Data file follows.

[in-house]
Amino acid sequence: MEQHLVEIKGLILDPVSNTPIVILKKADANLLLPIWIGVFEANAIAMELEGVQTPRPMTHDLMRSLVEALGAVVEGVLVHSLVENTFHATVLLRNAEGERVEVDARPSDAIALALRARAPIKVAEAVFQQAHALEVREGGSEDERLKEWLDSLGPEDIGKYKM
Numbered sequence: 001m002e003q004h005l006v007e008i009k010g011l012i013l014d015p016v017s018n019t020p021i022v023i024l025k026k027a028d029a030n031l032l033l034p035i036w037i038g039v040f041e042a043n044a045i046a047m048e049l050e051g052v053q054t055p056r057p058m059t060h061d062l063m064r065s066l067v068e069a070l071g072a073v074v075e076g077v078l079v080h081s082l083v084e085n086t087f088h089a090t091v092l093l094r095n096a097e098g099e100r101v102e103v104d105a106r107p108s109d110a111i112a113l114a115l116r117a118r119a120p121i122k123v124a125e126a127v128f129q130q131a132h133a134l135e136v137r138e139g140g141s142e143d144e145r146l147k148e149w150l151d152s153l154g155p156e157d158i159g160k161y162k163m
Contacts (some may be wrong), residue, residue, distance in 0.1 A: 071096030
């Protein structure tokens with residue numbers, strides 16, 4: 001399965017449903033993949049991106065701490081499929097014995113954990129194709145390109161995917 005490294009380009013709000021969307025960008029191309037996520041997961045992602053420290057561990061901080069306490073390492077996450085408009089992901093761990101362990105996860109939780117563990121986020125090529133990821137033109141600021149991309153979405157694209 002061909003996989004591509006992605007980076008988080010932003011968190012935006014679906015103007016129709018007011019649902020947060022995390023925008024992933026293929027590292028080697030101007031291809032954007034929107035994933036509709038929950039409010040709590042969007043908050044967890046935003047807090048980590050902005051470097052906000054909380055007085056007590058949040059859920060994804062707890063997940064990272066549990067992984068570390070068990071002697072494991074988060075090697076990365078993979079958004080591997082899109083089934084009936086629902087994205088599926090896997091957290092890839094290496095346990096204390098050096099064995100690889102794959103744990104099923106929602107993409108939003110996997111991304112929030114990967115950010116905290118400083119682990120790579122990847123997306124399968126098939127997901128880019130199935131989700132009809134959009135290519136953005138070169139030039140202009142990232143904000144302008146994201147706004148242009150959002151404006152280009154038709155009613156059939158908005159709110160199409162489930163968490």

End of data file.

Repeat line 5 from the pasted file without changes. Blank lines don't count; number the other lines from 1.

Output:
């Protein structure tokens with residue numbers, strides 16, 4: 001399965017449903033993949049991106065701490081499929097014995113954990129194709145390109161995917 005490294009380009013709000021969307025960008029191309037996520041997961045992602053420290057561990061901080069306490073390492077996450085408009089992901093761990101362990105996860109939780117563990121986020125090529133990821137033109141600021149991309153979405157694209 002061909003996989004591509006992605007980076008988080010932003011968190012935006014679906015103007016129709018007011019649902020947060022995390023925008024992933026293929027590292028080697030101007031291809032954007034929107035994933036509709038929950039409010040709590042969007043908050044967890046935003047807090048980590050902005051470097052906000054909380055007085056007590058949040059859920060994804062707890063997940064990272066549990067992984068570390070068990071002697072494991074988060075090697076990365078993979079958004080591997082899109083089934084009936086629902087994205088599926090896997091957290092890839094290496095346990096204390098050096099064995100690889102794959103744990104099923106929602107993409108939003110996997111991304112929030114990967115950010116905290118400083119682990120790579122990847123997306124399968126098939127997901128880019130199935131989700132009809134959009135290519136953005138070169139030039140202009142990232143904000144302008146994201147706004148242009150959002151404006152280009154038709155009613156059939158908005159709110160199409162489930163968490």